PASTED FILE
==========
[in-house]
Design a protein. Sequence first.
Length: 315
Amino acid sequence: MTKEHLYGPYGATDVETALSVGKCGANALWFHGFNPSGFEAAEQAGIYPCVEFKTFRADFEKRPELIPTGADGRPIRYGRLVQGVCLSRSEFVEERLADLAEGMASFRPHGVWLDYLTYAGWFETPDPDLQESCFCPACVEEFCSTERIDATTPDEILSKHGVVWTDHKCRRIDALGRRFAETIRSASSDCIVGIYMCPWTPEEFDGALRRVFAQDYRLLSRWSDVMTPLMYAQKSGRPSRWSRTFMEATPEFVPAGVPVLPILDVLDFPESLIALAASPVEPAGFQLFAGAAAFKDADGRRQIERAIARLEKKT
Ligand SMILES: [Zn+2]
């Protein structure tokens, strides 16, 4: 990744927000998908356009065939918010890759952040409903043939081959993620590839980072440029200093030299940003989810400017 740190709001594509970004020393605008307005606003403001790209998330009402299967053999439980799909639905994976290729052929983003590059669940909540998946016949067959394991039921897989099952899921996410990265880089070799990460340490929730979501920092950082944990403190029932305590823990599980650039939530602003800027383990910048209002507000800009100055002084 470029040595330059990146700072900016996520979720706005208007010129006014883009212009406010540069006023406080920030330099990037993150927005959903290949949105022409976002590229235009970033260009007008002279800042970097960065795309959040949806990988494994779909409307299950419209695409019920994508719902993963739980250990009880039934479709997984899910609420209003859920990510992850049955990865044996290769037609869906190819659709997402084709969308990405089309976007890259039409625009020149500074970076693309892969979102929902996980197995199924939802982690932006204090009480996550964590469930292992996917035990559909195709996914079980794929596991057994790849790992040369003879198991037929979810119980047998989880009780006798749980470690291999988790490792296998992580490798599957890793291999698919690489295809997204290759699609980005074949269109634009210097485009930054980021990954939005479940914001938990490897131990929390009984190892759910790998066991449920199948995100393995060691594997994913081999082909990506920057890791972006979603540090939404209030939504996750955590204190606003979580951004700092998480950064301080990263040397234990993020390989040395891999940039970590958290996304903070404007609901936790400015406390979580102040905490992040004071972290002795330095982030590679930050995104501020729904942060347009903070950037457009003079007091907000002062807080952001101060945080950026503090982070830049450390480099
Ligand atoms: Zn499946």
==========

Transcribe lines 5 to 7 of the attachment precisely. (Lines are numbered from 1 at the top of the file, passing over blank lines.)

Ligand SMILES: [Zn+2]
């Protein structure tokens, strides 16, 4: 990744927000998908356009065939918010890759952040409903043939081959993620590839980072440029200093030299940003989810400017 740190709001594509970004020393605008307005606003403001790209998330009402299967053999439980799909639905994976290729052929983003590059669940909540998946016949067959394991039921897989099952899921996410990265880089070799990460340490929730979501920092950082944990403190029932305590823990599980650039939530602003800027383990910048209002507000800009100055002084 470029040595330059990146700072900016996520979720706005208007010129006014883009212009406010540069006023406080920030330099990037993150927005959903290949949105022409976002590229235009970033260009007008002279800042970097960065795309959040949806990988494994779909409307299950419209695409019920994508719902993963739980250990009880039934479709997984899910609420209003859920990510992850049955990865044996290769037609869906190819659709997402084709969308990405089309976007890259039409625009020149500074970076693309892969979102929902996980197995199924939802982690932006204090009480996550964590469930292992996917035990559909195709996914079980794929596991057994790849790992040369003879198991037929979810119980047998989880009780006798749980470690291999988790490792296998992580490798599957890793291999698919690489295809997204290759699609980005074949269109634009210097485009930054980021990954939005479940914001938990490897131990929390009984190892759910790998066991449920199948995100393995060691594997994913081999082909990506920057890791972006979603540090939404209030939504996750955590204190606003979580951004700092998480950064301080990263040397234990993020390989040395891999940039970590958290996304903070404007609901936790400015406390979580102040905490992040004071972290002795330095982030590679930050995104501020729904942060347009903070950037457009003079007091907000002062807080952001101060945080950026503090982070830049450390480099
Ligand atoms: Zn499946």